Howard Kurtz takes his online lamentations of criticism of the breathtaking arrogance of the New York Times into the paper today. The headline is "Piling On the New York Times With a Scoop." From there, you can see Problem Numero Uno. Kurtz, like other media people with blinders on, pretends that the Times is merely an honest broker of information that is "piled on," but can never "pile on" the White House or other conservative targets. If Kurtz wrote about the Times "piling on" Bush again, wouldn't it look tilted? It certainly looks like the media circling the wagons for media buddies on this story.
"Even by modern standards of media-bashing, the volume of vitriol being heaped upon on the editors on Manhattan's West 43rd Street is remarkable," Kurtz writes. But the wildest quote Kurtz runs is Tammy Bruce comparing the Times to Julius and Ethel Rosenberg. Bush and Cheney were stern, but hardly unsparing.
Times editor Bill Keller is annoying once again in his interview with Kurtz, suggesting conservatives have their brains programmed by the White House. "The Bush administration's reaction roused their base, but also roused the anti-Bush base." Isn't it possible that Bush and Cheney were reacting to the furor that certainly came before their Monday remarks? Keller does not acknowledge that he belongs to the anti-Bush base.
Kurtz explains that the conservative blogosphere is "on fire" over this story, while liberals are laying low. But he really blows it, in my opinion, by claiming presidential sparring with the press isn't new, "But rarely if ever has any White House mounted such a sustained public campaign against a single news organization." How can one day of fairly mild and canned remarks be defined as a "sustained public campaign"? If there is one, Kurtz doesn't prove it.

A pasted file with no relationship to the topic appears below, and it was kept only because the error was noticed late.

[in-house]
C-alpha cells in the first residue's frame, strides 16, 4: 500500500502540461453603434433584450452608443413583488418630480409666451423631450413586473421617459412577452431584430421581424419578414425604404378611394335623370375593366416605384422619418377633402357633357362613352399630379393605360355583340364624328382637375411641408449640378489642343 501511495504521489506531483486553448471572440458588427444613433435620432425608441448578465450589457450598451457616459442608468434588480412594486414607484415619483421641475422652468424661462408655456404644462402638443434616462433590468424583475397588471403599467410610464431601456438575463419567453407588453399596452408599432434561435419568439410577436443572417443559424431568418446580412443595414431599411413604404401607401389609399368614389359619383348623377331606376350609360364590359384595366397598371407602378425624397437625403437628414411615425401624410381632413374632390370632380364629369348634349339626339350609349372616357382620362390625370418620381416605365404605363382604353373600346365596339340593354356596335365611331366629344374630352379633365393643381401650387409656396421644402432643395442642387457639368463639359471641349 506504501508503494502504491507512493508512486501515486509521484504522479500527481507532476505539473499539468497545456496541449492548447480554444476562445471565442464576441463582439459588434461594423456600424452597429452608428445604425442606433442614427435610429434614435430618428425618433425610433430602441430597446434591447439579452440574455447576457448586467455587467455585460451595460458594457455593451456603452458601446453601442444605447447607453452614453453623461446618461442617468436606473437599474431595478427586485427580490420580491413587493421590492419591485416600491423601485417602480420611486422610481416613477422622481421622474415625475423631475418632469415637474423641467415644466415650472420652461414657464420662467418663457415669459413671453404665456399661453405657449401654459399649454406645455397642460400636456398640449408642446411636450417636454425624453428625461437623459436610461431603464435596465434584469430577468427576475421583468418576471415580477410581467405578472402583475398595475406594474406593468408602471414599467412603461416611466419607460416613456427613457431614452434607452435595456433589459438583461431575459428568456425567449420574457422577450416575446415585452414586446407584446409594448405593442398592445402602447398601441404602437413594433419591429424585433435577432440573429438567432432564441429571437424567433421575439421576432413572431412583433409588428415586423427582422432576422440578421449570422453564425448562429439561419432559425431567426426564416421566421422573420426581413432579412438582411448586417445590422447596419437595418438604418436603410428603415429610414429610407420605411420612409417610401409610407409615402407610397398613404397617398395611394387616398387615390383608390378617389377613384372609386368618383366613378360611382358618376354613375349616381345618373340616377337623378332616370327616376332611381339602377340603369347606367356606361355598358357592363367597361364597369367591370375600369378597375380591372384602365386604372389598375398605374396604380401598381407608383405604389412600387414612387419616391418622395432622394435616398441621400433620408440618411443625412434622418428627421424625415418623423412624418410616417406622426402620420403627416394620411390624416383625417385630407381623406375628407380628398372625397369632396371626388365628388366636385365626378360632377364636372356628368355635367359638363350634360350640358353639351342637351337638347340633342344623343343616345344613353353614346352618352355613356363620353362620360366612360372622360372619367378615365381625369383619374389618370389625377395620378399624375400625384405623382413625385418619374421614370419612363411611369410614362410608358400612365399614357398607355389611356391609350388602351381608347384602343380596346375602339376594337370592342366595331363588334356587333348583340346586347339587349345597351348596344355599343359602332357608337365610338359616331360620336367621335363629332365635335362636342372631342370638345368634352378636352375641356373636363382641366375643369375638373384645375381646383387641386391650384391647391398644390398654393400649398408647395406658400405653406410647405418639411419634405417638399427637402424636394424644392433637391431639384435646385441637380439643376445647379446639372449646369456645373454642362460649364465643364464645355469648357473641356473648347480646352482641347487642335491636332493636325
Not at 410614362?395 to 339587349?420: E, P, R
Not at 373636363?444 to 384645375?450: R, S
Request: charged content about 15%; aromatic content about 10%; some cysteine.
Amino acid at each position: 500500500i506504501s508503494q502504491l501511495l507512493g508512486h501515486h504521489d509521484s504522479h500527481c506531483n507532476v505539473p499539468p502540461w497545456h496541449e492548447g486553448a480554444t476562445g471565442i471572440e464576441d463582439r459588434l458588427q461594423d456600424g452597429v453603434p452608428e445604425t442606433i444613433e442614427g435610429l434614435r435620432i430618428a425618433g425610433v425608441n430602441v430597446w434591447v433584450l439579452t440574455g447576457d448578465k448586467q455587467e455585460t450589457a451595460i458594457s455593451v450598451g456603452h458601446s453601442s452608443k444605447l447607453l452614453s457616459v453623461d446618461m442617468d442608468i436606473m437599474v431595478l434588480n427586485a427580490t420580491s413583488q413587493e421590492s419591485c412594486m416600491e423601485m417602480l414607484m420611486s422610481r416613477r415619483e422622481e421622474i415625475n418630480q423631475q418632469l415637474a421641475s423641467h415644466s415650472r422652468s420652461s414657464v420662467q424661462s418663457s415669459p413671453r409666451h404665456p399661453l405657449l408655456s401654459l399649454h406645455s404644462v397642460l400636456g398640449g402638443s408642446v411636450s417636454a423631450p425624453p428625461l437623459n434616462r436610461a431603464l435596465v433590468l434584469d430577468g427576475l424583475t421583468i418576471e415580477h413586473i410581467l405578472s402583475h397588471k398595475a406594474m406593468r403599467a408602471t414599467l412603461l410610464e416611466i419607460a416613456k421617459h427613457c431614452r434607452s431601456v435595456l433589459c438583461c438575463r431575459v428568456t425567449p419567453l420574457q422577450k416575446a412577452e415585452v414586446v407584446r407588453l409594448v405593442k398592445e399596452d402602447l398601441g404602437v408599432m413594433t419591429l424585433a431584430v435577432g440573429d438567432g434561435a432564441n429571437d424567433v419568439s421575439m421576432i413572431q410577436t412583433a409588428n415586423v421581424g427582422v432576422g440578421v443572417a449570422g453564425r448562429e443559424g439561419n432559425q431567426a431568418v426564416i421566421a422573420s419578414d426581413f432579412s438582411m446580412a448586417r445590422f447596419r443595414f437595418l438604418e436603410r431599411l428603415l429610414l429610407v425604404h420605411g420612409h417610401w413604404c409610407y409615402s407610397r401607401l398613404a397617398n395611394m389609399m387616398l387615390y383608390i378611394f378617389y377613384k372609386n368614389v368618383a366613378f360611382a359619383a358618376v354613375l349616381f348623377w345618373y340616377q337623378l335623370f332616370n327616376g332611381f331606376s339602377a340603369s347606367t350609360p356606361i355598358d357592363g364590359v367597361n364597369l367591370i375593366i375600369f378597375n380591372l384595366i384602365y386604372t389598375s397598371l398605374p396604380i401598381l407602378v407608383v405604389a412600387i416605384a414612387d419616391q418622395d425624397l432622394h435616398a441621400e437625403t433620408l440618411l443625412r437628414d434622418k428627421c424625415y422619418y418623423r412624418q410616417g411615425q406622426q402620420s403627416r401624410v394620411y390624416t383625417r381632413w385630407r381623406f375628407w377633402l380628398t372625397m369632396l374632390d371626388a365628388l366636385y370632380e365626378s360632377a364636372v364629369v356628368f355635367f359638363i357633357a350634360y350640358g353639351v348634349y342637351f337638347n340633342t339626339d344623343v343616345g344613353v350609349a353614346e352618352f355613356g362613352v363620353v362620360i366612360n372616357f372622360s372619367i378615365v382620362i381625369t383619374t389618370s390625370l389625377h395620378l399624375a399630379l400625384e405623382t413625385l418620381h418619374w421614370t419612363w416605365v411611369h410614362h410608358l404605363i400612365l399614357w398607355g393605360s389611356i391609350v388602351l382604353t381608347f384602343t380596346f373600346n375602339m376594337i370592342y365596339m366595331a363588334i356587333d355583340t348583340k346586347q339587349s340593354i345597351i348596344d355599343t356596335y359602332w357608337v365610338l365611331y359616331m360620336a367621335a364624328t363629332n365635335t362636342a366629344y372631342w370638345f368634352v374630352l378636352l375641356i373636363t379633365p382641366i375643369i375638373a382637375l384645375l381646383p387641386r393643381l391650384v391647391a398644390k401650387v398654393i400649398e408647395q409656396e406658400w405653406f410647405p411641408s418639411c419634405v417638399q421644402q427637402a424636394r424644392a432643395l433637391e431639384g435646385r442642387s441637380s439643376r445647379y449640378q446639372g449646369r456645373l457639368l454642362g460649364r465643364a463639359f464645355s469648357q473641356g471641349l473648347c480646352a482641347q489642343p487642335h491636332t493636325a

Kurtz does go to Stephen Spruiell of National Review (a regular Kurtz stop) and to Bill Bennett for interviews. Bennett was spot on in saying conservatives now wonder: "Gosh, it there a secret operation we're running that won't be disclosed by the press?" He also interviewed liberal media advocate Lucy Dalglish and Terence Smith, the former CBS and PBS man -- and New York Times man. For a guy who specialized in reporting on the media for PBS, Smith plays incredibly dumb on this subject (or incredibly loyal to his liberal friends at the Times). He told Kurtz the Times is a lightning rod "when it's critics are playing politics, and that's what's happening here. An institution like the Times is a God-given target, because it's seen by the conservative base as a liberal newspaper critical of the Bush administration." Seen as? Come off it.
Bill Keller strikes this pose to Kurtz: "I always start with the premise that the question is, why should we not publish? Publishing information is our job. What you really need is a reason to withhold information." Tell it to Paula Jones, pal.